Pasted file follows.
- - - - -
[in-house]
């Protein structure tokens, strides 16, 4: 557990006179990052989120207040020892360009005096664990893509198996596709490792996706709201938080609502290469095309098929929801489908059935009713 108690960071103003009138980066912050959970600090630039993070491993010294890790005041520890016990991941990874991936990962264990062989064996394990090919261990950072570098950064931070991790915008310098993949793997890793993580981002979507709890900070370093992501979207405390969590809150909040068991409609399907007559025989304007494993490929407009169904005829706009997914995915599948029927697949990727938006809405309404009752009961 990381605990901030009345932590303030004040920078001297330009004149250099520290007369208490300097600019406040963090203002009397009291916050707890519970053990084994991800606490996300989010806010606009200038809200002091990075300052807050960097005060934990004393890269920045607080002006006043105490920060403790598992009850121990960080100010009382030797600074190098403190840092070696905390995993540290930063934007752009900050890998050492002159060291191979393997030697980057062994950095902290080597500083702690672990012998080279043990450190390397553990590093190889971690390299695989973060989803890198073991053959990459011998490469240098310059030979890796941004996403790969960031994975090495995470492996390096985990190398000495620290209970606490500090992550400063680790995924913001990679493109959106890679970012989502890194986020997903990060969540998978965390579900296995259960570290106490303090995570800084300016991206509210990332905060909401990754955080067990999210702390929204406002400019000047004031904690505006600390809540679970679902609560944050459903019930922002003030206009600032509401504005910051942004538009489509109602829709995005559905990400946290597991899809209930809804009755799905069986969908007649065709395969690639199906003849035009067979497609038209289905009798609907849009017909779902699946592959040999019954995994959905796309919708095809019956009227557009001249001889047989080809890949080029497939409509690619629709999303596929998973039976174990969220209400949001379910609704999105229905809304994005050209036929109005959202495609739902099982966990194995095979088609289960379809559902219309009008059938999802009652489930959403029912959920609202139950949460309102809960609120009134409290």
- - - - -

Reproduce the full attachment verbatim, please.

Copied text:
[in-house]
């Protein structure tokens, strides 16, 4: 557990006179990052989120207040020892360009005096664990893509198996596709490792996706709201938080609502290469095309098929929801489908059935009713 108690960071103003009138980066912050959970600090630039993070491993010294890790005041520890016990991941990874991936990962264990062989064996394990090919261990950072570098950064931070991790915008310098993949793997890793993580981002979507709890900070370093992501979207405390969590809150909040068991409609399907007559025989304007494993490929407009169904005829706009997914995915599948029927697949990727938006809405309404009752009961 990381605990901030009345932590303030004040920078001297330009004149250099520290007369208490300097600019406040963090203002009397009291916050707890519970053990084994991800606490996300989010806010606009200038809200002091990075300052807050960097005060934990004393890269920045607080002006006043105490920060403790598992009850121990960080100010009382030797600074190098403190840092070696905390995993540290930063934007752009900050890998050492002159060291191979393997030697980057062994950095902290080597500083702690672990012998080279043990450190390397553990590093190889971690390299695989973060989803890198073991053959990459011998490469240098310059030979890796941004996403790969960031994975090495995470492996390096985990190398000495620290209970606490500090992550400063680790995924913001990679493109959106890679970012989502890194986020997903990060969540998978965390579900296995259960570290106490303090995570800084300016991206509210990332905060909401990754955080067990999210702390929204406002400019000047004031904690505006600390809540679970679902609560944050459903019930922002003030206009600032509401504005910051942004538009489509109602829709995005559905990400946290597991899809209930809804009755799905069986969908007649065709395969690639199906003849035009067979497609038209289905009798609907849009017909779902699946592959040999019954995994959905796309919708095809019956009227557009001249001889047989080809890949080029497939409509690619629709999303596929998973039976174990969220209400949001379910609704999105229905809304994005050209036929109005959202495609739902099982966990194995095979088609289960379809559902219309009008059938999802009652489930959403029912959920609202139950949460309102809960609120009134409290």